It was strange watching the video of Osaka City Mayor Hashimoto Toru presiding over the meeting of an Ishin no kai steering committee as the delegates ratified list of ultimate goals for the quasi-party, if and when it participates in national elections.
The list of the Ishin no kai goals includes:
- abolition of the House of Councillors
- direct elections of the Prime Minister
- abolition of the prefectures in favor of larger regional units resembling the German lander (the various plans known collectively as the doshusei).
- abolition of the grants from the national government tax revenues to local areas (chihokofuzei) in favor of direct taxation carried out by the local areas themselves
[By the way, where are the sources of the chihokofuzei grant monies?
32% of income taxes
32% of taxes on alcohol
34% of corporate income taxes
29.5% of the consumption tax
25% of tobacco taxes (Source)
Not a bad cut of national revenues...]
- elimination of national pension payments to the wealthiest taxpayers after their retirement (nenkin hokenryo no kakesute - J)
What was so strange about the video clip was how disengaged Hashimoto looked (especially since that last idea is his). Whether it was out of boredom, madness or a desperate attempt to anesthetize himself to the berzerk radicalism of his minions, Hashimoto was simply not there, emotionally or intellectually.
The list of campaign promises, which the Ishin no kai, in complete agreement with its ersatz Meiji Restoration revivalist ethos has called its "Eight Policies from the Ship" (senchu hassaku) in imitation of Sakamoto Ryoma's famous missive, has already drawn guffaws from the established political parties. The leaders and spokesmen of the parties had a field day yesterday, pointing out that item after item would require not just a revision of numerous laws but even amendment of the Constitution, a document which has not seen the alteration of even a single punctuation mark since its promulgation on November 3, 1946. (J). That any and every amendment would require not only its passage through the Diet with a two-thirds vote in both Houses but approval from the voters in a national referendum (the governing rules of which came into effect less that a year ago - J) casts the Ishin no kai wish list into the realm of fantasy.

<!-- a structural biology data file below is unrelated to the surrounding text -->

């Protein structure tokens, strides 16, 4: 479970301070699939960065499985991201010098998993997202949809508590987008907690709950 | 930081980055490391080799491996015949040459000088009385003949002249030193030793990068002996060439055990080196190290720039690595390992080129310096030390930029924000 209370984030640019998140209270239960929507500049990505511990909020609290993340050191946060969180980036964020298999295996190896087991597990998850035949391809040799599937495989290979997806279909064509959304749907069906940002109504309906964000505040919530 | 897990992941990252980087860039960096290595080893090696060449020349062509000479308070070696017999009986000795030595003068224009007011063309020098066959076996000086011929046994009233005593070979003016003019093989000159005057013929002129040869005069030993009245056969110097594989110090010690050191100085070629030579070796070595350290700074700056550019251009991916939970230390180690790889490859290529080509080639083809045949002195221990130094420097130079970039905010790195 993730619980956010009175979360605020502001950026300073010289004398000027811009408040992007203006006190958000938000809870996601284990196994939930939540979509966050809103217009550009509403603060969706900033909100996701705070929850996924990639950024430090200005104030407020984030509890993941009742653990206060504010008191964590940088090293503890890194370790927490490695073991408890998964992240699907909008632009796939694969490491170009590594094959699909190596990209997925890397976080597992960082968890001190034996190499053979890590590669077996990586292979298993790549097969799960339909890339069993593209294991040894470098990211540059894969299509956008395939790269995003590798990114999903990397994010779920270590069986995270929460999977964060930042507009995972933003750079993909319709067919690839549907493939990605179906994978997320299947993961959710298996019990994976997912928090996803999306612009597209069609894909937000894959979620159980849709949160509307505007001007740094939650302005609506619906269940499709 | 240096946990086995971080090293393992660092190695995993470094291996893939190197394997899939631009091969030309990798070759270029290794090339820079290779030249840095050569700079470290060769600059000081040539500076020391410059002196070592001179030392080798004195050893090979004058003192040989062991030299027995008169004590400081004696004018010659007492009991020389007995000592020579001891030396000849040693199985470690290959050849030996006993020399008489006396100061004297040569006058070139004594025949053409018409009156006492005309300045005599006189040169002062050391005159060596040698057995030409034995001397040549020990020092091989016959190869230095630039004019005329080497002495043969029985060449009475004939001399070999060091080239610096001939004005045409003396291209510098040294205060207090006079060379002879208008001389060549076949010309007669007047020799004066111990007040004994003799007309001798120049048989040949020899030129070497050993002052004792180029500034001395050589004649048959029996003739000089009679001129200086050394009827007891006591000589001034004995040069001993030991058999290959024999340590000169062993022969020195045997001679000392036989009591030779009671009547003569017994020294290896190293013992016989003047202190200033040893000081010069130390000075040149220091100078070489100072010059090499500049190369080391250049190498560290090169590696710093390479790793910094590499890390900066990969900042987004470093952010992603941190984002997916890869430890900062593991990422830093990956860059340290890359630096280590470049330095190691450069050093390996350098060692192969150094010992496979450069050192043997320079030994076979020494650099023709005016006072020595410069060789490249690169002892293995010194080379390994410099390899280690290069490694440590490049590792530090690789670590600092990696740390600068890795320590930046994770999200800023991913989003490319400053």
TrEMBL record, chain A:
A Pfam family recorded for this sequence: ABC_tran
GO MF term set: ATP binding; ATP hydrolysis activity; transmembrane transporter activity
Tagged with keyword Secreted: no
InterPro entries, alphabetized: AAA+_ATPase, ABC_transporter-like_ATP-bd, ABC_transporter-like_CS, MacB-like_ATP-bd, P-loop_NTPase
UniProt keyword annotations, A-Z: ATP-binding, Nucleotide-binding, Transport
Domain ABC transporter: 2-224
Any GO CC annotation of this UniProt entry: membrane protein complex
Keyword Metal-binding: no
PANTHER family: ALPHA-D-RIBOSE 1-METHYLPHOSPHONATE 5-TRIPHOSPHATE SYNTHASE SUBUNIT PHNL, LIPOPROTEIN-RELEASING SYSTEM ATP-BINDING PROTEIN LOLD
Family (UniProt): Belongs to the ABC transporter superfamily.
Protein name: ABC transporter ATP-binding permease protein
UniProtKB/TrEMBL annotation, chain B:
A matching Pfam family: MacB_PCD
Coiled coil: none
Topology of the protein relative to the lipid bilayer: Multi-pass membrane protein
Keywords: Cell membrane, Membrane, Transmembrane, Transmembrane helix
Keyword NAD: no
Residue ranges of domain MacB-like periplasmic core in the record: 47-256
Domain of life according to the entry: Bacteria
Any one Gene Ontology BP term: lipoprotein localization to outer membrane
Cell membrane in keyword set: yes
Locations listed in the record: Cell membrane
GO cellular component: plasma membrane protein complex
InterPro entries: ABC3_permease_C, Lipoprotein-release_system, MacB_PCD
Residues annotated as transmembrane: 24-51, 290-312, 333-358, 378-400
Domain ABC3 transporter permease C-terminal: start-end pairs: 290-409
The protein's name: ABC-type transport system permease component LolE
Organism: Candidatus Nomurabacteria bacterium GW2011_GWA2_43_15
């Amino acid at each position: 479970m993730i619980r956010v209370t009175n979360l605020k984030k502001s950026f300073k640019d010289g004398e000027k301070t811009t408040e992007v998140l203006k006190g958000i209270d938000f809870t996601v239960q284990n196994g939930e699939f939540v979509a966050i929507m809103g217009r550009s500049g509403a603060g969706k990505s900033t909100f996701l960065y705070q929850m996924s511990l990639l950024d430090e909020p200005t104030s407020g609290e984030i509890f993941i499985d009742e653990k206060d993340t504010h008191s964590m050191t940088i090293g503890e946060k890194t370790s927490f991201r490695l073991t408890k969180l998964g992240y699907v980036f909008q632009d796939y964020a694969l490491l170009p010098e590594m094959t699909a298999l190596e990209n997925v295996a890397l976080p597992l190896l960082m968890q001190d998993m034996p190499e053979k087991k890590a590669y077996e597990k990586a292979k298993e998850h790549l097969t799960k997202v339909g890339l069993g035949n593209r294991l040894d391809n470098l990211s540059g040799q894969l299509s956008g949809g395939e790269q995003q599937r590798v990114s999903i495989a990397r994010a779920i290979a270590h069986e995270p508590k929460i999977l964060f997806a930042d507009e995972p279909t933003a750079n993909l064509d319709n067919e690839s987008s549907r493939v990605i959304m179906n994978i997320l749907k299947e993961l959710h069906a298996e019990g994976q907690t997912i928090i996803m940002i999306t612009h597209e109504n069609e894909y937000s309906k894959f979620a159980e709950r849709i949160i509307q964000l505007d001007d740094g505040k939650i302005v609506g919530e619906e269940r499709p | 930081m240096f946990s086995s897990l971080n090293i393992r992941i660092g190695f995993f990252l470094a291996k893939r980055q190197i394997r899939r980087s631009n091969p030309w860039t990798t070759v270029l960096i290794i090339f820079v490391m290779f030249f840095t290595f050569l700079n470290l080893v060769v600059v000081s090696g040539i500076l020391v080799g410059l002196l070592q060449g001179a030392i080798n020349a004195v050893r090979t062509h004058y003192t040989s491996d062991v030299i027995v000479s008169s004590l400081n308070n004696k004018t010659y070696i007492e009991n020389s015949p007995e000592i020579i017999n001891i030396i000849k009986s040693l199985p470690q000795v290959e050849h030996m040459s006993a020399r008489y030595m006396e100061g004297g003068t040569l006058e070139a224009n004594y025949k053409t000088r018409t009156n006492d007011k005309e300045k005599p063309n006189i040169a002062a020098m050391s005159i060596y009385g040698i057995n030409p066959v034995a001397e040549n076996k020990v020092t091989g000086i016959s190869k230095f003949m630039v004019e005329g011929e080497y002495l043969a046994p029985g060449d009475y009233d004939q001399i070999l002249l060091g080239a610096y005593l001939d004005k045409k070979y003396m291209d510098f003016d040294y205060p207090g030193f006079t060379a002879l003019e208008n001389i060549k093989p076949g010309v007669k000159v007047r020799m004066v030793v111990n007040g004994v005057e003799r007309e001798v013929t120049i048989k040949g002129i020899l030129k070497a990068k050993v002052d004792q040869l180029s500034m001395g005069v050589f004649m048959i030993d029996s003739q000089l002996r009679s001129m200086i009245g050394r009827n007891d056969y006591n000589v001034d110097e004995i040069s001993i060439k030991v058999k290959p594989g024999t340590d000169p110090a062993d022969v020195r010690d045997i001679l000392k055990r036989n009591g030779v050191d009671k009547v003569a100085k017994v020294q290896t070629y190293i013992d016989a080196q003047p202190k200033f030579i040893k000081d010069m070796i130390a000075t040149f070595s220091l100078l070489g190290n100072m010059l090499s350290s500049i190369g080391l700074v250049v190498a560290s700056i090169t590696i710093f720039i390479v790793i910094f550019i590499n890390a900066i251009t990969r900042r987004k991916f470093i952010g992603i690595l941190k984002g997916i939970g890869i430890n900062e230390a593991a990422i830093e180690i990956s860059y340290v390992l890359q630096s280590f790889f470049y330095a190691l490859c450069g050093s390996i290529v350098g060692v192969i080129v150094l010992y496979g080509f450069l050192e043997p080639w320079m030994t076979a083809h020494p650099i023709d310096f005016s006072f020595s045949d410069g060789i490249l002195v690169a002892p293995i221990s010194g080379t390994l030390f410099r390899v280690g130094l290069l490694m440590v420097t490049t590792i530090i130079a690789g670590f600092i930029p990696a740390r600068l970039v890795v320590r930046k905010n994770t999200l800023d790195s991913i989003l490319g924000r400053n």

Applause did come from some quarters yesterday. Predictably, the terrible twins of the Chubu Region Aichi Governor Omura Hideaki and Nagoya Mayor Kawamura Takashi had nice things to say about the quasi-party platform (J). Omura echoes every decentralization plan coming out of Osaka and Kawamura, well, he is just nuts (but in a damnably warm and clever way. His tour de force has been providing the depleted Tohoku with wave after wave of Nagoya civil servants to replace persons lost in the triple disaster or for the training of their replacements -J).
The surprise was the positive reaction of the Your Party to the Ishin no kai proposals. Your Party leader Watanabe Yoshimi praised the list, saying that in terms of bringing the national bureaucracy under control, decentralizing of authority and making Japan a nation of prosperity, the goals of the Ishin no kai and the Your Party are completely in sync (J).
Maybe he just scanned the text.
Major media outlets have panned the proposals. The Asahi Shimbun suggests that the ideas expressed needed a little more intra-party discussion before being released (J). The Sankei Shimbun wonders what happens to the Emperor as head of state, if the prime minister is popularly elected (J).
Up until now the Ishin no kai has been on a roll. It had, possibly because the reality of what it represented had not been spelled out, been gaining popularity in the public imagination.
It remains to be seen whether the release of this wild wish list slams the brakes on the what had been until a hurtling "Go Go Hashimoto" freight train.
Econ 101 and data (reply to David Henderson)
11 hours ago